There’s more, I’ll stop here :)

  5. BuceeBy Bucee on 22 May, 2013

    I use two plugins for cloaking referral links: Pretty URL and Simple URL. Both of them works fine. Pretty URL offer more statistical features, but it uses more sources if we have lots cloaked links. Nowadays, I prefer Simple Urls because the redirection is faster. I always make links nofollow. I haven’t tried your mentioned technique yet.

  6. Debashisa JenaBy Debashisa Jena on 23 May, 2013

    Yeah I use a separate config file include /etc/nginx/includes/redirect.conf and then include it in sites-available

  7. Patrik LommersBy Patrik Lommers on 23 May, 2013

    Hey Joost,
    You have made a useful post for affiliate links.
    Do URL shorteners block affiliate links?
    I suggest if you are using WordPress, use Pretty Link Lite to cloak your affiliate links!

  8. DenrrouBy Denrrou on 23 May, 2013

    Hey, Yoast!

    Dont hate me for going a little out of topic here, but would you mind to give me a clue on how you were able to use the new genesis framework with support to html5 without breaking the style of your theme? Please? *.*

    I know i would need to rename a lot of stuff, but i thought Yoast might have a claver way to do this.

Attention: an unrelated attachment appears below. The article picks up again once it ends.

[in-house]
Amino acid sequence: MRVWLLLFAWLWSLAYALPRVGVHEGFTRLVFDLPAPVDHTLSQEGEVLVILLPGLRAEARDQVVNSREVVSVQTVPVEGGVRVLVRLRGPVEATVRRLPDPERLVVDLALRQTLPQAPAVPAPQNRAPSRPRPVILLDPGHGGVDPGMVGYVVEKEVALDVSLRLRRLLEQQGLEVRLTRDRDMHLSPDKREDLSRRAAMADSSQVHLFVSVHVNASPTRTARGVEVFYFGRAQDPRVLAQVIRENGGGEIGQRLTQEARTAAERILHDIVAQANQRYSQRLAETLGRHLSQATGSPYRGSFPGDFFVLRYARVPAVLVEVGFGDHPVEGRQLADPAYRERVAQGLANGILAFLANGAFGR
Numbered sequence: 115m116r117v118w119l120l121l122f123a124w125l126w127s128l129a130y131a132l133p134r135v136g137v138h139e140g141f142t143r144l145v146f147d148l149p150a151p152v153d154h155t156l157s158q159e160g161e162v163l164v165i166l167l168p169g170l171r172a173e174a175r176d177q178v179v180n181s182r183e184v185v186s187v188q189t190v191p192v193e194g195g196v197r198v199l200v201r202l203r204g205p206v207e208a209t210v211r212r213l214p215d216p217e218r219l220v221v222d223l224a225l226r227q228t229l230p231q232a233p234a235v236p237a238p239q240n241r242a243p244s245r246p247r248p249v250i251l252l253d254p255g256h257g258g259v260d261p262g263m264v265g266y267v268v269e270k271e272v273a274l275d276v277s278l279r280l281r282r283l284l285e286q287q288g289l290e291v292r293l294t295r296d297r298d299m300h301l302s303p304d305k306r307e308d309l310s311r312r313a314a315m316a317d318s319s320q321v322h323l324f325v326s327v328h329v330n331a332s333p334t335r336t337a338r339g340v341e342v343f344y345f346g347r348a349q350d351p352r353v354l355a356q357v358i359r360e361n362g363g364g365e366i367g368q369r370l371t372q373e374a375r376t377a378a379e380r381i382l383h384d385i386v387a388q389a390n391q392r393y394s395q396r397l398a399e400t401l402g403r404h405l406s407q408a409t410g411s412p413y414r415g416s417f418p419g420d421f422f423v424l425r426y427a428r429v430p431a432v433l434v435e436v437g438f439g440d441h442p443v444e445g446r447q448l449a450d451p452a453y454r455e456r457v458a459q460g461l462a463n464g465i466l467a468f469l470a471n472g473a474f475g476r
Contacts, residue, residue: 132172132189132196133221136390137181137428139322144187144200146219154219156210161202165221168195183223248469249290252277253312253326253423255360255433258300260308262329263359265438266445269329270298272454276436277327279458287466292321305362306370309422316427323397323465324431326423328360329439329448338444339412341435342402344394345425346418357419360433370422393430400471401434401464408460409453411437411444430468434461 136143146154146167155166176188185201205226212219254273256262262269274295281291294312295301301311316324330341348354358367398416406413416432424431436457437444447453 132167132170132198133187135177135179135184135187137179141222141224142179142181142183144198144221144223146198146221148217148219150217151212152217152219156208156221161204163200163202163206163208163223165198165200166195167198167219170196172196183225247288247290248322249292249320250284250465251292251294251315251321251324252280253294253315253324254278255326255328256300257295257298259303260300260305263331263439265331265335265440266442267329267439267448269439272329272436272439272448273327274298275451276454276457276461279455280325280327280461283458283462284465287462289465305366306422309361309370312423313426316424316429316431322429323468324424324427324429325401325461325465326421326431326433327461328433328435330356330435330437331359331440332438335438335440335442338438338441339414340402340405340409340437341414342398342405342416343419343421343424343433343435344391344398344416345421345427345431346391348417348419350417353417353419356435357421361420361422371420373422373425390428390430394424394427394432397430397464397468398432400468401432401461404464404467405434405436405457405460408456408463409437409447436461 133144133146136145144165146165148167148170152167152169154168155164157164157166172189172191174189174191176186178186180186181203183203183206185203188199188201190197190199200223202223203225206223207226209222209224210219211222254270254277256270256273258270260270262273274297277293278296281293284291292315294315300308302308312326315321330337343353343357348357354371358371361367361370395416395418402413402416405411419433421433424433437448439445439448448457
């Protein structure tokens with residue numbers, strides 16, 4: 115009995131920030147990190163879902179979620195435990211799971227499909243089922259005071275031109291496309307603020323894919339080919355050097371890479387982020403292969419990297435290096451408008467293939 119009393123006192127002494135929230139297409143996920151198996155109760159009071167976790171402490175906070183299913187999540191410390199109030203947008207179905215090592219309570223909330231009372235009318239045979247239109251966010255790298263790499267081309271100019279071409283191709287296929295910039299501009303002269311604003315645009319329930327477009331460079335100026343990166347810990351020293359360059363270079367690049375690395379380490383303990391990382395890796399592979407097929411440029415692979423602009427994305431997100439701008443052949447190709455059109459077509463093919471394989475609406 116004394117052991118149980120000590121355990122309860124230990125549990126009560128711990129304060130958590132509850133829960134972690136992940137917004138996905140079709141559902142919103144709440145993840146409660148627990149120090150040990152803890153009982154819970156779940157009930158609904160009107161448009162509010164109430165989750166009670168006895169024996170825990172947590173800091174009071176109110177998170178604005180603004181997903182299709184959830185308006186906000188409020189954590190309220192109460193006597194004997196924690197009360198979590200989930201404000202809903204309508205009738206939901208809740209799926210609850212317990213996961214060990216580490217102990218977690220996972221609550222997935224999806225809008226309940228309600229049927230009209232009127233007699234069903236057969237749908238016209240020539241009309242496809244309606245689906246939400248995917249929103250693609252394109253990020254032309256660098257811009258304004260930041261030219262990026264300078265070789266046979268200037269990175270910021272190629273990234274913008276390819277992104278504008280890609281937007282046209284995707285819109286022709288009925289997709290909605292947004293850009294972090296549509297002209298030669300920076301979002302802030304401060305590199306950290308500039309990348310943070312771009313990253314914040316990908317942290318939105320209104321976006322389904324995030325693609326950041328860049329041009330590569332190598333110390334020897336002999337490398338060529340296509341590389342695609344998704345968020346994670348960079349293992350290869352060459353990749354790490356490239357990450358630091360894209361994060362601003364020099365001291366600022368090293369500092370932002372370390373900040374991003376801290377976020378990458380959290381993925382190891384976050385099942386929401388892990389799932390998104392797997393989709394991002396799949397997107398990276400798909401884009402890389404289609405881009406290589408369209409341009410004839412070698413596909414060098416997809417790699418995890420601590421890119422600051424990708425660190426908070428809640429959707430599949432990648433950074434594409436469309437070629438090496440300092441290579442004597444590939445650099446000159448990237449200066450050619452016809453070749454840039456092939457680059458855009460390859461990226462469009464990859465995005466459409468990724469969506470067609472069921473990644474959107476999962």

Thanks a lot!

  9. Steve DeaneBy Steve Deane on 24 May, 2013

    Hey Joost, Thanks for giving us that code for free. I’m just about to implement it on my site now. In fact in general thanks for all the free stuff you give the WP community. I’ve been following you for years – seriously. You are the definition of what’s good about the open source community. Keep up the good work mate!

  10. GarethBy Gareth on 24 May, 2013

    I keep trying but it only redirects to the default (homepage) no matter which id I try, I’m only trying it with one affiliate url

  11. trofoBy trofo on 24 May, 2013

    I use the Redirecter plugin to have 301 redirects. In robots.txt I use:
    Disallow: /afiliat/

    Except for the fact that the Redirecter plugin needs WordPress to be booted, do you see any othe inconvinient?